Publication Date: Jun 14, 2011
List Price US $12.99
List Price US $14.95
With an introduction by Maria Tatar
Before Sex and the City there was Bridget Jones. And before Bridget Jones was The Artificial Silk Girl.
In 1931, a young woman writer living in Germany was inspired by Anita Loos’s Gentlemen Prefer Blondes to describe pre-war Berlin and the age of cinematic glamour through the eyes of a woman. The resulting novel, The Artificial Silk Girl, became an acclaimed bestseller and a masterwork of German literature, in the tradition of Christopher Isherwood’s Berlin Stories and Bertolt Brecht’s Three Penny Opera. Like Isherwood and Brecht, Keun revealed the dark underside of Berlin’s “golden twenties” with empathy and honesty. Unfortunately, a Nazi censorship board banned Keun’s work in 1933 and destroyed all existing copies of The Artificial Silk Girl. Only one English translation was published, in Great Britain, before the book disappeared in the chaos of the ensuing war. Today, more than seven decades later, the story of this quintessential “material girl” remains as relevant as ever, as an accessible new translation brings this lost classic to light once more. Other Press is pleased to announce the republication of The Artificial Silk Girl, elegantly translated by noted Germanist Kathie von Ankum, and with a new introduction by Harvard professor Maria Tatar.
Excerpt from The Artificial Silk Girl
It was a dark morning and I saw his face in bed, and it made me feel angry and disgusted. Sleeping with a stranger you don’t care about makes a woman bad. You have to know what you’re doing it for. Money or love.
So I left. It was five in the morning. The air was white and cold and wet like a sheet on the laundry line. Where was I to go? I had to wander around the park with the swans, who have small eyes and long necks that they use to dislike people. I can understand them but I don’t like
them either, despite the fact that they are alive and that you should take pity on them. Everyone had left me. I spent several cold hours and felt like I had been buried in a cemetery on a rainy fall day. But it wasn’t raining or else I would have stayed under a roof, because of the fur coat.
I look so elegant in that fur. It’s like an unusual man who makes me beautiful through his love for me. I’m sure it used to belong to a fat lady with a lot of money—unfairly. It smells from checks and Deutsche Bank. But my skin is stronger. It smells of me now and Chypre—which is me, since Käsemann gave me three bottles of it. The coat wants me and I want it. We have each other.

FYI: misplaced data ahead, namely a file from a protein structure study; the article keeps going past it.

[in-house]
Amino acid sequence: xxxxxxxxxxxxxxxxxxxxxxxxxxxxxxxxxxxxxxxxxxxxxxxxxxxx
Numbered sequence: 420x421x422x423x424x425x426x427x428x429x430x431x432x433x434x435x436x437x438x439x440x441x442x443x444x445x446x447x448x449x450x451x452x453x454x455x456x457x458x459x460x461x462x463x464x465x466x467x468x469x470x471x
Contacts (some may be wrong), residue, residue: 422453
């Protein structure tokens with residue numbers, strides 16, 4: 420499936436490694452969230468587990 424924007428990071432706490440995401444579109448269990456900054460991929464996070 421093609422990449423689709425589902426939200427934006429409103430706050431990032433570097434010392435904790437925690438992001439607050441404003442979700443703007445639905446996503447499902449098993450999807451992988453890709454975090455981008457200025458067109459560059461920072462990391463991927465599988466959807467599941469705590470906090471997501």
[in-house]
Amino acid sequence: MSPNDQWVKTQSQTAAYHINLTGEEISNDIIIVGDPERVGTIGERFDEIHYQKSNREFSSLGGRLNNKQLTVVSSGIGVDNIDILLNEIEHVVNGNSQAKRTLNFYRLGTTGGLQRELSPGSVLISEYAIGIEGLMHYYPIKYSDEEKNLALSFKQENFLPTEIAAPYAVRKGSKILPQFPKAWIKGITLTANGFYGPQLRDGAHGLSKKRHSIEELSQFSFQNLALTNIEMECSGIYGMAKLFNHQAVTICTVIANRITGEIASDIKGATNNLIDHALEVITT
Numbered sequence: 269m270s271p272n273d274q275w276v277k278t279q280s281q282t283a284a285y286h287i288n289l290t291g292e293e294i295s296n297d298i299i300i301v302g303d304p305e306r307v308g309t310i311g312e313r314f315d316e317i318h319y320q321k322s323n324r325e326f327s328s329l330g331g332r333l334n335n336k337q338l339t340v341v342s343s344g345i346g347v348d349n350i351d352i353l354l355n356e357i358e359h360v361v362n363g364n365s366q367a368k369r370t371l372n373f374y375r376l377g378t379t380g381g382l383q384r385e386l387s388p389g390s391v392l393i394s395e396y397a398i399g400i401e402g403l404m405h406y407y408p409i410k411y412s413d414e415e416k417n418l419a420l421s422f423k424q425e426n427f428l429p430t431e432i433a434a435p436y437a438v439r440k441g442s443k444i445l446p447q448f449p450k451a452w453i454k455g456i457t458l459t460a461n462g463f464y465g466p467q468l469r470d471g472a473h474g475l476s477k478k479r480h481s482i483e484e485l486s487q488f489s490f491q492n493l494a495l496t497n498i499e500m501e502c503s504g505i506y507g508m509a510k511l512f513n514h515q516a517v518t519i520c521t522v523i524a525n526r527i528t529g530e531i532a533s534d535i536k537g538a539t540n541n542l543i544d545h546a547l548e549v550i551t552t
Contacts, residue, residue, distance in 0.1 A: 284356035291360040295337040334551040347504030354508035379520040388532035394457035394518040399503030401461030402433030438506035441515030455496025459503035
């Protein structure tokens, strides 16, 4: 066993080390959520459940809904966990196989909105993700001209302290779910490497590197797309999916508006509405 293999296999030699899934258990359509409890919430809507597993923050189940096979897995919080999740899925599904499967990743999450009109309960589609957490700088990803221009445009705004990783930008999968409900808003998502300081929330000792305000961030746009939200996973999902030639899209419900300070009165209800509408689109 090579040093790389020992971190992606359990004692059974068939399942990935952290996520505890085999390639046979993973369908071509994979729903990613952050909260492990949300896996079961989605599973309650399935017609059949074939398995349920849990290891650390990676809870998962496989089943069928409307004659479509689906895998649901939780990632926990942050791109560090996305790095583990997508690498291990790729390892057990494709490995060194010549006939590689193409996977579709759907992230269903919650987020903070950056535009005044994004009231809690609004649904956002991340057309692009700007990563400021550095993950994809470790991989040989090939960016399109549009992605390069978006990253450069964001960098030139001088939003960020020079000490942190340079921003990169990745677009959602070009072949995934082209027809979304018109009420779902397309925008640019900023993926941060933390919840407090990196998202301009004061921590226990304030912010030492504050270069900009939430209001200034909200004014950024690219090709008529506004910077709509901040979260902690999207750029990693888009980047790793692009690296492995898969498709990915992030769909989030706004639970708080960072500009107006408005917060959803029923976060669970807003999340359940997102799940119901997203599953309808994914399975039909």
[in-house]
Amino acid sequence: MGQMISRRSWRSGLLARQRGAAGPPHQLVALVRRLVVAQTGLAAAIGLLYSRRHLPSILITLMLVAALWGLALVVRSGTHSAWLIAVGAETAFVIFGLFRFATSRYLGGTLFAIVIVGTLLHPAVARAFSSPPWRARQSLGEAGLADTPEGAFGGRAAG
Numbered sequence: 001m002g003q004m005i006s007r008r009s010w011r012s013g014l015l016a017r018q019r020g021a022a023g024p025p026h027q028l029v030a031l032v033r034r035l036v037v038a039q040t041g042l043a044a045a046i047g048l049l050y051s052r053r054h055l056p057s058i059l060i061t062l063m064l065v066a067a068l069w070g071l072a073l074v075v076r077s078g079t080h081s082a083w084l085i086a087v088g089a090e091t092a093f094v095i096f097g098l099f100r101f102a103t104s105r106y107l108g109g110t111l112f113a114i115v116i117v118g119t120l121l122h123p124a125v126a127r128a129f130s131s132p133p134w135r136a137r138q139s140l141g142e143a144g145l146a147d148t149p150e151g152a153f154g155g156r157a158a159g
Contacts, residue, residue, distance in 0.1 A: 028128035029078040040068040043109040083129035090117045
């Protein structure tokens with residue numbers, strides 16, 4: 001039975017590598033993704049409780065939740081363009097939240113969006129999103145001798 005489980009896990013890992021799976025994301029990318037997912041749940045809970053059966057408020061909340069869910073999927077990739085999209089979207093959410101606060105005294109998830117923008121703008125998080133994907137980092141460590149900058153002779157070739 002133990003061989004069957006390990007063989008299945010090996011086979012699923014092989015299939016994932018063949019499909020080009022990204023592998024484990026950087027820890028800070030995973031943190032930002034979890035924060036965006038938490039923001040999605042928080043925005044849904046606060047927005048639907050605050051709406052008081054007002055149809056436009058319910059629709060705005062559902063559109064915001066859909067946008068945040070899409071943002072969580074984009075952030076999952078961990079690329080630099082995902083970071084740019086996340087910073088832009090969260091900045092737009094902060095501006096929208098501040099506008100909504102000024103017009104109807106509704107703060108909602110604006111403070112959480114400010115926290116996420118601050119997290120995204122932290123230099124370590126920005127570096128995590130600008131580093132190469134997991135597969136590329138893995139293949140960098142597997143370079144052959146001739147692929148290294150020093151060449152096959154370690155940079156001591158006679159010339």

And so I went to see Therese. She also realized that I have to flee, because flight is an erotic word for her. She gave me her savings. Dear God, I swear to you, I will return it to her with diamonds and all the good fortune in the world.
“A young girl navigates interwar German society and the expectations—or lack thereof—placed upon women, in this poignant, melancholy novel from the late Keun… [This] heartbreaking story of dashed hopes is one that still has the power to affect and inspire.” —Publishers Weekly
“Damned by the Nazis, hailed by the feminists … a truly charming window into a young woman’s life in the early 1930s” —Los Angeles Times
“The Artificial Silk Girl follows Doris into the underbelly of a city that had once seemed all glamour and promise … Kathie von Ankum’s English translation will bring this masterwork to the foreground once more, giving a new generation the chance to discover Keun for themselves.” —Elle.com
“A riveting tale of a precarious life lived just on the margins of Berlin’s high society by a young lady who has almost everything it takes to succeed as the woman of the world she dreams of becoming. Young Doris has looks, ambition, moxie, charm, and a big heart, but her lack of education limits her upward mobility, dooming her to more of the poverty we see her struggling to escape. In this narrator’s chatty, irreverent portrait of an era, Irmgard Keun shows us a society living the high life in a house of cards that its about to come tumbling cataclysmically down.” —Susan Bernofsky, director of the program Literary Translation at Columbia University